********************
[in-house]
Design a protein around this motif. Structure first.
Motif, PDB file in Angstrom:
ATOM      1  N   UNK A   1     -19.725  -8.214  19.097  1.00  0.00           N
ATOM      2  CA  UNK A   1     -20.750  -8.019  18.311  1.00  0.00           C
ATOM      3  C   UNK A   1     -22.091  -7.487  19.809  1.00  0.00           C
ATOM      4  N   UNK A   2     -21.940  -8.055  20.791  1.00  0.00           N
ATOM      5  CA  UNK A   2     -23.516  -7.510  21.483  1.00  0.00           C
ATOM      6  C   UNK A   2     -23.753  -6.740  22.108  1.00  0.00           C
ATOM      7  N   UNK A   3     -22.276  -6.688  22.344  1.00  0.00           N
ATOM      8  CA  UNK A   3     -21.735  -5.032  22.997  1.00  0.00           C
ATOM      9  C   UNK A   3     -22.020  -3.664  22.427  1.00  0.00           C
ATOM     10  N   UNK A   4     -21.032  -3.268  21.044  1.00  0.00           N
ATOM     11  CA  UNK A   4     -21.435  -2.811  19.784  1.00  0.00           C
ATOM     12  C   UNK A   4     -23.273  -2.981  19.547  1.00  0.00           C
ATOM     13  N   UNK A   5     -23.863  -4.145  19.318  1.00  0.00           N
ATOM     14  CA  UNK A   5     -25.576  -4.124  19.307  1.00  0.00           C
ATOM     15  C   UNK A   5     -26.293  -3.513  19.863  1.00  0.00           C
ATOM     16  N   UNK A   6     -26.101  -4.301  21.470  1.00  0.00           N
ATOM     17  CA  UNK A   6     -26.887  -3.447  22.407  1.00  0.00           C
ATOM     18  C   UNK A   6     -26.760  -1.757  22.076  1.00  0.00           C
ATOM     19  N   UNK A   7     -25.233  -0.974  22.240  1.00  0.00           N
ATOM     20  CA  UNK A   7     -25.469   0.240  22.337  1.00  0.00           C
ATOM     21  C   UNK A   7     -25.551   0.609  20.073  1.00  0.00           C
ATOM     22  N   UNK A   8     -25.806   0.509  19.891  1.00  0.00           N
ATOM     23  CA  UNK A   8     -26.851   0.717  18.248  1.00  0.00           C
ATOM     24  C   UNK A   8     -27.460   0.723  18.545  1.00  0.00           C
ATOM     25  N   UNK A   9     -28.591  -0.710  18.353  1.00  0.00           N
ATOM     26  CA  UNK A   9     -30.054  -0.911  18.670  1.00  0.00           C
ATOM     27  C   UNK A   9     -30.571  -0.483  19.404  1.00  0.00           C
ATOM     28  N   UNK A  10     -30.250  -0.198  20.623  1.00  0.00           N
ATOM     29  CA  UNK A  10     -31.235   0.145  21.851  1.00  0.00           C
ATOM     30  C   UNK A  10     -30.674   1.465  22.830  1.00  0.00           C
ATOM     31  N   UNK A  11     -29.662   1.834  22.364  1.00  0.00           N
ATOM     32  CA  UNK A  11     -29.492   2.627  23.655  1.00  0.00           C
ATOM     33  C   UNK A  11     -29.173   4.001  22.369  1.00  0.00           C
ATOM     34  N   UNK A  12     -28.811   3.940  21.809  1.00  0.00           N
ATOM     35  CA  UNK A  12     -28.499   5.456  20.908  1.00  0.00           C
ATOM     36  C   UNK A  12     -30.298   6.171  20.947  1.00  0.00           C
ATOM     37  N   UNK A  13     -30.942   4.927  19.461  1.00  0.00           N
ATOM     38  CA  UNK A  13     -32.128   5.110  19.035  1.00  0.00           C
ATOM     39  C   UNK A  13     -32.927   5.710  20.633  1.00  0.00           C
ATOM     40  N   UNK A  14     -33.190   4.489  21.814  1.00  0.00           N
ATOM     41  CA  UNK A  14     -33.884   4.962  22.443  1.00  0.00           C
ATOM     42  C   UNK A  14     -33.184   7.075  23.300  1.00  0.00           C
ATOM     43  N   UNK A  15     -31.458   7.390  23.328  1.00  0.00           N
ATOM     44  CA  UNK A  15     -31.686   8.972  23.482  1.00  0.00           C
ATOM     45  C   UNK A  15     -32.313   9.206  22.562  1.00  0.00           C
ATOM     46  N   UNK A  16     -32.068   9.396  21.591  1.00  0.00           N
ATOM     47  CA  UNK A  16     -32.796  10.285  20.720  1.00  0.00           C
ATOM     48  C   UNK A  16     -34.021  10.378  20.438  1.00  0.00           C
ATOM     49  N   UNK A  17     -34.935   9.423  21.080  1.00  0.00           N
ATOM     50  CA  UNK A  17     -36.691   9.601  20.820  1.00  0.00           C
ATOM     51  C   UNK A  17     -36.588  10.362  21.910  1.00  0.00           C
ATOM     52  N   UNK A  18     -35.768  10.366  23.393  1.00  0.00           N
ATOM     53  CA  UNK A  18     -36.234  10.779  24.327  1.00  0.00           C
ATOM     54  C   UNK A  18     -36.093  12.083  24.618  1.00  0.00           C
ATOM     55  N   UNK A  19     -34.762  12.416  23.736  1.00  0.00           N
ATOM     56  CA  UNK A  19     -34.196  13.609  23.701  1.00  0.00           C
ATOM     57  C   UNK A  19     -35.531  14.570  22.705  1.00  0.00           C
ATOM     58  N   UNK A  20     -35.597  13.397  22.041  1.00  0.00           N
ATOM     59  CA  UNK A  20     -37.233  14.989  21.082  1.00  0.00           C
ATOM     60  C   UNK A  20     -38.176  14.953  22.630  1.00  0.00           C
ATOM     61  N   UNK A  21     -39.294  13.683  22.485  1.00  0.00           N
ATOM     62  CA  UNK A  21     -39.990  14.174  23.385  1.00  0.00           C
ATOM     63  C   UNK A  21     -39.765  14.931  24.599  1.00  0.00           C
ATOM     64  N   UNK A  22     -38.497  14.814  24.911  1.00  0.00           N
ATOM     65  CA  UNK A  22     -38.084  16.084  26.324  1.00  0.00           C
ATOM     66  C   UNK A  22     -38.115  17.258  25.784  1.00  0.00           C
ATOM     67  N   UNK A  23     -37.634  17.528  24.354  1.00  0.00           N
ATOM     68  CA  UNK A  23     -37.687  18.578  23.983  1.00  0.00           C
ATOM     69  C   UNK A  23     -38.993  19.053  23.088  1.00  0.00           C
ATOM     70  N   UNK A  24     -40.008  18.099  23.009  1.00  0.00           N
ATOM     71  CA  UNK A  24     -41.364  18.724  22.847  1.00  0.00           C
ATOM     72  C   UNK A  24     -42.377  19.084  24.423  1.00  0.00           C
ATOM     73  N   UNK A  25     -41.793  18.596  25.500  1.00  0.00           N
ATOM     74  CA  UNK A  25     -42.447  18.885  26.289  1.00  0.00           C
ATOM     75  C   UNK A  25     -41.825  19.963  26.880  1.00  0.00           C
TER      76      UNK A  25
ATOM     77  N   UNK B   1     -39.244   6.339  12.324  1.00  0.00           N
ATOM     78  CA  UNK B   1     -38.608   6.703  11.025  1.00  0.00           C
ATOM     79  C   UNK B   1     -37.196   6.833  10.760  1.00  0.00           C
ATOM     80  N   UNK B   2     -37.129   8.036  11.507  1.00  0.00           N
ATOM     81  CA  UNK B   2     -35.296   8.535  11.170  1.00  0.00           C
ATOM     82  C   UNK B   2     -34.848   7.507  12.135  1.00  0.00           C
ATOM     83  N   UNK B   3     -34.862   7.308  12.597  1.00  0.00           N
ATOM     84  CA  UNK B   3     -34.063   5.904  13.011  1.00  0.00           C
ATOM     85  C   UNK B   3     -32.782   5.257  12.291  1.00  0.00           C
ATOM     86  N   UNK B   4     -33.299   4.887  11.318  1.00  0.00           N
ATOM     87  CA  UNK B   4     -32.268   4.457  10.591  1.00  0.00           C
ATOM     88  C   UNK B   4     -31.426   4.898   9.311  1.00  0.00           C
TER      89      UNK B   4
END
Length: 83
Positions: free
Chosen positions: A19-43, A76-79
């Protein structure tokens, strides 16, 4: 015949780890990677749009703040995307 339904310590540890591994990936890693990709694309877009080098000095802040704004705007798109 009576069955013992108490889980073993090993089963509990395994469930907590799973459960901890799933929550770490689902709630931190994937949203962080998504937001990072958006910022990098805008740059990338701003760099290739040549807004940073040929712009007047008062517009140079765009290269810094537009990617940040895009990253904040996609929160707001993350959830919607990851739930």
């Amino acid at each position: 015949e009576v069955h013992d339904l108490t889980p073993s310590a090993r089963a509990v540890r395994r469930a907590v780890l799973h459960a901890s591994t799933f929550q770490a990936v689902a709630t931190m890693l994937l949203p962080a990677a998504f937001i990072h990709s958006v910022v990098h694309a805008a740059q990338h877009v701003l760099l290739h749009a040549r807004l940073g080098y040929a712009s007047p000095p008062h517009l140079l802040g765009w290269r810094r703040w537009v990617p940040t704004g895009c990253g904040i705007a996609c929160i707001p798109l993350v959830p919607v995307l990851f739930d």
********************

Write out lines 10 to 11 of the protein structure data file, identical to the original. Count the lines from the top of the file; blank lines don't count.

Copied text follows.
ATOM      7  N   UNK A   3     -22.276  -6.688  22.344  1.00  0.00           N
ATOM      8  CA  UNK A   3     -21.735  -5.032  22.997  1.00  0.00           C